Theta DS Pro Prime D/A processor Measurements

Sidebar 2: Measurements

This is the first set of measurements using Stereophile's Audio Precision System One with the new "Dual Domain" upgrade. Unlike a standard System One, the Dual Domain can generate and analyze signals in the digital domain. Previously, digital signals for testing D/A converters were read from suitable test discs and taken from the digital output of a CD player. With the Dual Domain, we can generate a variety of chosen signals rather than being stuck with only the signals of test CDs. In addition, the Dual Domain has waveform capture (with 16-bit resolution) and FFT functions. Since the upgraded unit arrived just a few days before these measurements needed to be made, we haven't begun to explore its potential. We will, however, keep you apprised of our continuing efforts to find measurements that correlate with what we hear.

The Prime's output level when decoding a full-scale 1kHz sinewave was a hefty 3.46V (right channel), 1.46V above the standard 2V output level (the left channel's full-scale was 3.44V). This translates to nearly 4.8dB greater output level, meaning that the Prime will sound a lot louder in side-by-side comparisons unless care is taken to match levels. Theta processors typically have very high output levels (the Basic's output voltage was a whopping 7.2V).

Frequency response, shown in fig.1, was flat, but with some negligible HF rolloff, the response being down 0.1dB at 10kHz and 0.4dB at 20kHz. This amount of HF droop may just be audible as a slightly smoother treble presentation. Note in fig.1 that the right channel's output level is slightly higher (0.08dB) than the left's—again a negligible amount. De-emphasis error (fig.2) is virtually nonexistent, the apparent HF negative error being due to the Prime's frequency response on which the de-emphasis plot is overlaid.


Fig.1 Theta DSPro Prime, frequency response at –12dBFS into 100k ohms with 44.1kHz data (right channel dashed, 0.2dB/vertical div.).


Fig.2 Theta DSPro Prime, de-emphasis error at –12dBFS into 100k ohms with 44.1kHz data (right channel dashed, 0.5dB/vertical div.).

Linearity was exceptionally good, there being about 1.5dB of positive error at –100dB (left channel) and a very low 0.8dB error at –100dB in the right channel (fig.3). This performance is typical of Bitstream DACs like the Prime's Philips 7350. We have found, however, little correlation between low-level linearity and sonic performance. Indeed, measurements of the Wadia 2000 seem to indicate an inverse correlation between linearity and sound quality (see my "Follow-Up" on the Wadia 2000 in the October '91 issue).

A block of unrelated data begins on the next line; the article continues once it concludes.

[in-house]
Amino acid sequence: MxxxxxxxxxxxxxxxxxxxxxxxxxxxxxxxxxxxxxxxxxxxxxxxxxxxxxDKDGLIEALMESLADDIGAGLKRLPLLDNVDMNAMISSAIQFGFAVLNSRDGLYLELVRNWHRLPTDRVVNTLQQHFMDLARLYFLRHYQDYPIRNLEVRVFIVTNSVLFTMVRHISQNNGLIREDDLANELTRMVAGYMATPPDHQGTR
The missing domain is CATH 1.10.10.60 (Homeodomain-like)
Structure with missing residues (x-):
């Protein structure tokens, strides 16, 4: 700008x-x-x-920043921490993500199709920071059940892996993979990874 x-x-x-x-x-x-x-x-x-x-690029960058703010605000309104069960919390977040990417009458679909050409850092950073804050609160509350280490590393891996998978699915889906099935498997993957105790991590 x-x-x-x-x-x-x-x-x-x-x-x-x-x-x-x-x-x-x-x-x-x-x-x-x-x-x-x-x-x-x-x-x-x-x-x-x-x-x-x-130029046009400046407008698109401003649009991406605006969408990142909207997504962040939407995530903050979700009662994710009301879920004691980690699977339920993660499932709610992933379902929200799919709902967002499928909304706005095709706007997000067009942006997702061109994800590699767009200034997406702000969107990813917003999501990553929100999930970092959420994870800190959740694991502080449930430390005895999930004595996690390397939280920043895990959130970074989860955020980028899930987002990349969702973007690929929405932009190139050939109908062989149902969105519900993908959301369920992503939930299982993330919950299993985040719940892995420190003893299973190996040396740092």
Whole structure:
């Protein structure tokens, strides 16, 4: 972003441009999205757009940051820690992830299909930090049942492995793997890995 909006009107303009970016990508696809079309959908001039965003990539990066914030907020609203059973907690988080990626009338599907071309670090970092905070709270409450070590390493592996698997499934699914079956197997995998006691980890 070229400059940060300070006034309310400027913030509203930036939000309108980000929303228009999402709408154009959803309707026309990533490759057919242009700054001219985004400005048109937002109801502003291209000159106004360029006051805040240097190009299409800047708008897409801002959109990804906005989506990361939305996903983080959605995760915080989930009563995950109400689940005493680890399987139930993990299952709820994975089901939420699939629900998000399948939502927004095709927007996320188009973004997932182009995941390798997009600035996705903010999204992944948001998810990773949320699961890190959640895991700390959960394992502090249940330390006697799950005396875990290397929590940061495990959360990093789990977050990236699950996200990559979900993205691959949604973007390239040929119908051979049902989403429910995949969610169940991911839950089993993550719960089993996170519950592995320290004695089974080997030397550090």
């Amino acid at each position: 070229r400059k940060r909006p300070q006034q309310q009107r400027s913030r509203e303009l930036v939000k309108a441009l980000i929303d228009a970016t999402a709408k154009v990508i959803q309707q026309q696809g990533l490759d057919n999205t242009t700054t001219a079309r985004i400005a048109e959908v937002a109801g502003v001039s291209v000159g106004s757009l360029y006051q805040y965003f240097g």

Fig.3 Theta DSPro Prime, linearity error (16-bit data), dBR vs dBFS.

Crosstalk (fig.4) was also excellent, measuring 110dB at 1kHz, dropping only slightly to 96dB at 20kHz. The Prime's output impedance was low, measuring 51 ohms at 1kHz and 20kHz, and 49 ohms at 20Hz. Looking at a positive-going impulse revealed that the Prime does not invert absolute polarity.


Fig.4 Theta DSPro Prime, channel separation (10dB/vertical div.).

Fig.5 shows a dithered, –90dB, 1kHz sinewave as captured by the Audio Precision Dual Domain. There is a moderate amount of audioband noise overlaying the signal, but it generally looks quite good. It should be noted that the bandwidth for this measurement was 20kHz: removing the out-of-band noise has improved the sinewave appearance. Performing a spectral analysis of the Prime's output under the same conditions produced the plot in fig.6. The low level of noise and excellent linearity is apparent. There is some 60Hz AC line noise present on the left channel, but this is still negligible at –116dBFS.


Fig.5 Theta DSPro Prime, waveform of undithered 1kHz sinewave at –90.31dBFS, 16-bit data.


Fig.6 Theta DSPro Prime, 1/3-octave spectrum with noise and spuriae of dithered 1kHz tone at –90dBFS with 16-bit data (right channel dashed.)

Fig.7 shows a spectral analysis of the Prime's intermodulation products when decoding a 1:1 combination of 19kHz and 20kHz at full scale. The 1kHz component and the 24.1kHz product are both very low. This is one of the best-looking intermodulation plots seen in a digital converter.


Fig.7 Theta DSPro Prime, 19+20kHz at 0dBFS peak into 100k ohms, 16-bit data (linear frequency scale).

The Prime reproduced a 1kHz, full-scale squarewave (fig.8) with a shape typical of linear-phase digital filters, and had no trouble locking to a variety of sampling rates, including 48kHz.


Fig.8 Theta DSPro Prime, 1kHz squarewave at 0dBFS.

Overall, the Prime performed very well on the bench. There is nothing in the measurements, however, that begin to describe its sonic character.—Robert Harley

Theta Digital/ATI
1749 Chapin Road
Montebello, CA 90640
(323) 278-0001